So there’s your bright side, though I admit it’s pretty dim: In Madeleine we’re rooting for an uncalculating intelligence and (to use a word that wasn’t in use in Adams’ time) self-actualization. She’s our hero because, unlike so many around her, she “dissected her own feelings and was always wondering whether they were real or not.” [108]

But we’ve barely gotten past the three characters at the core of the plot. What did you make of some of others swimming around the narrative, like Madeleine’s sister, Sybil, or Lords Dunbeg and Skye, or Victoria Dare, or Hartbeest Schneidekoupon? What role are they playing? Comic relief? Different degrees of striving in a status-obsessed city?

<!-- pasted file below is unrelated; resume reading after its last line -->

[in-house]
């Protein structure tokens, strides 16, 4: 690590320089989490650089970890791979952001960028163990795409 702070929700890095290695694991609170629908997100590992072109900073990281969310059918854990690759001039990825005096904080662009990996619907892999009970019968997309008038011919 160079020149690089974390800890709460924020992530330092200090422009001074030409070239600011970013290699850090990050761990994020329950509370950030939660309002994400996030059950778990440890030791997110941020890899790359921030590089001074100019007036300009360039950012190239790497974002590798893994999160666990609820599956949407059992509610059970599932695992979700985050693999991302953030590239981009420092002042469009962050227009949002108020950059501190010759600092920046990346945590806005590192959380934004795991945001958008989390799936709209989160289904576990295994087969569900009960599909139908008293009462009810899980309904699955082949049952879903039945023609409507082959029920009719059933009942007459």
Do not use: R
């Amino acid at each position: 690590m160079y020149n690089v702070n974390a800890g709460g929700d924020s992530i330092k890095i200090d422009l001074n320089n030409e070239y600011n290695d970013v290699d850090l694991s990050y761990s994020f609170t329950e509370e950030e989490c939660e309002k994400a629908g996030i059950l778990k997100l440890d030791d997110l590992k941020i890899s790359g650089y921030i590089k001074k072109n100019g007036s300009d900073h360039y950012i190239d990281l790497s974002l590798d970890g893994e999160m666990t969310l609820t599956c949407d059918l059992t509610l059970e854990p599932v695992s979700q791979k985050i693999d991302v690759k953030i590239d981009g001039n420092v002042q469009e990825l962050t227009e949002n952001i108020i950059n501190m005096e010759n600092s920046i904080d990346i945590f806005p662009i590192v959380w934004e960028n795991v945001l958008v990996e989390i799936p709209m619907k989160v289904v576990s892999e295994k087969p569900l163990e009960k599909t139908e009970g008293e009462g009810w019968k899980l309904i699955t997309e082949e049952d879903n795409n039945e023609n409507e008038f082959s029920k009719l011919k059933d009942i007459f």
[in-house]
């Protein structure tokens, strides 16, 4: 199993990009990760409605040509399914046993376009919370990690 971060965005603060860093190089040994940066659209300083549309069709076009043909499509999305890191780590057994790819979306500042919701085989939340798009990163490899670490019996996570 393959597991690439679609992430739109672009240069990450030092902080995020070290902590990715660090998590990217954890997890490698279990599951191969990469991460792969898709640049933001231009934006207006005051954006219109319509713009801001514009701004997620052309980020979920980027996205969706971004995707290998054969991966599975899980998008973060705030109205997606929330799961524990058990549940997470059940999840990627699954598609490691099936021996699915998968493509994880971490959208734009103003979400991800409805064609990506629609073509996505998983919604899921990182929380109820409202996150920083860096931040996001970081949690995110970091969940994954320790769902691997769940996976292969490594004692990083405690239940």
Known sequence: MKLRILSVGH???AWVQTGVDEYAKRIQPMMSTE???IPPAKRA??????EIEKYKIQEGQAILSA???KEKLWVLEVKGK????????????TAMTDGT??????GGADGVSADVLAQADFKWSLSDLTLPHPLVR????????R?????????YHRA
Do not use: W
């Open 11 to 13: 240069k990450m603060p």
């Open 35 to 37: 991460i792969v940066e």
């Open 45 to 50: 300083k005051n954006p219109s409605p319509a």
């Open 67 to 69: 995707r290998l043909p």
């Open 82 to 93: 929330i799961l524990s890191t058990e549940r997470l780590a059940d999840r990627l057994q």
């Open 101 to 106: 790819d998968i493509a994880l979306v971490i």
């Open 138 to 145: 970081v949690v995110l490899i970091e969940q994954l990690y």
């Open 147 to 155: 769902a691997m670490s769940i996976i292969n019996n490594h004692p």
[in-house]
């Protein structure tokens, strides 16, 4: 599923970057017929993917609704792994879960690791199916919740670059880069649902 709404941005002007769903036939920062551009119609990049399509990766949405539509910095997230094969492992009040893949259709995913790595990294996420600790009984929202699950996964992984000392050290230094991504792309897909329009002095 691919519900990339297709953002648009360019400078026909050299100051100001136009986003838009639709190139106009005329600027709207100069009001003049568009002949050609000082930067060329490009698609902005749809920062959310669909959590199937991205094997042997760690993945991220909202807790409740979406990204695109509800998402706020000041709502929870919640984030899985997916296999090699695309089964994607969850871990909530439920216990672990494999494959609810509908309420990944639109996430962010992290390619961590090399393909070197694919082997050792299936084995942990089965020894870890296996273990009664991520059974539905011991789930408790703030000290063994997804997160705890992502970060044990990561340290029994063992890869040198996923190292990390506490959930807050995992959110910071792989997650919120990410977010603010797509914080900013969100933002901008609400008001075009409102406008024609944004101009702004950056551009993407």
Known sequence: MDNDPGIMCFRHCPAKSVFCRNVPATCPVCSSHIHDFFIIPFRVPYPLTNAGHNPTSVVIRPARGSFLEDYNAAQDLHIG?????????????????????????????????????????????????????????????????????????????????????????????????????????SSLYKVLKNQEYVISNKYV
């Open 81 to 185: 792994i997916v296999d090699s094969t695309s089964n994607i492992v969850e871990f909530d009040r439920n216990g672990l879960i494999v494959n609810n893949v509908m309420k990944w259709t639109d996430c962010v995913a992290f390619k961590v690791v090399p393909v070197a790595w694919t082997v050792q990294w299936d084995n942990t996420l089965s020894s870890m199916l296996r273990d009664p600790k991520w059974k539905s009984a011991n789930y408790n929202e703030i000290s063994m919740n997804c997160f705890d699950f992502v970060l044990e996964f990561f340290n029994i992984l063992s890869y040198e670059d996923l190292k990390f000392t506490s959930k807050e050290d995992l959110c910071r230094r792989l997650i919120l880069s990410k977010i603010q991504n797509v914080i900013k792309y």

Democracy: A Funny Town for a Woman

This is the first post in a discussion on Jennifer Howard‘s blog and mine about Henry Adams‘ 1880 novel, Democracy. For more background, you can read my introductory post as well as Jennifer’s.


So, why did we decide to do this again? Right: We were both talking about the gaps in our reading when it comes to novels about Washington, D.C. Though I’m not the native you are—I moved here in 2007—I’ve tried to catch up as best I can with the city’s literary background. I’m left with mixed feelings. I admire Ward Just, though his fiction mostly sticks to legislators and journalists; Edward P. Jones has written brilliant stories set in the District, so brilliant I keep wishing he’d write a District-set novel to match The Known World; Christopher Buckley can be very funny when he skewers the town, but he does it with a very broad satirical brush. In the same way D.C. has a kind of unstable, not-quite-there status as a non-state, there seems to be a great novel about the District that’s still waiting to be written.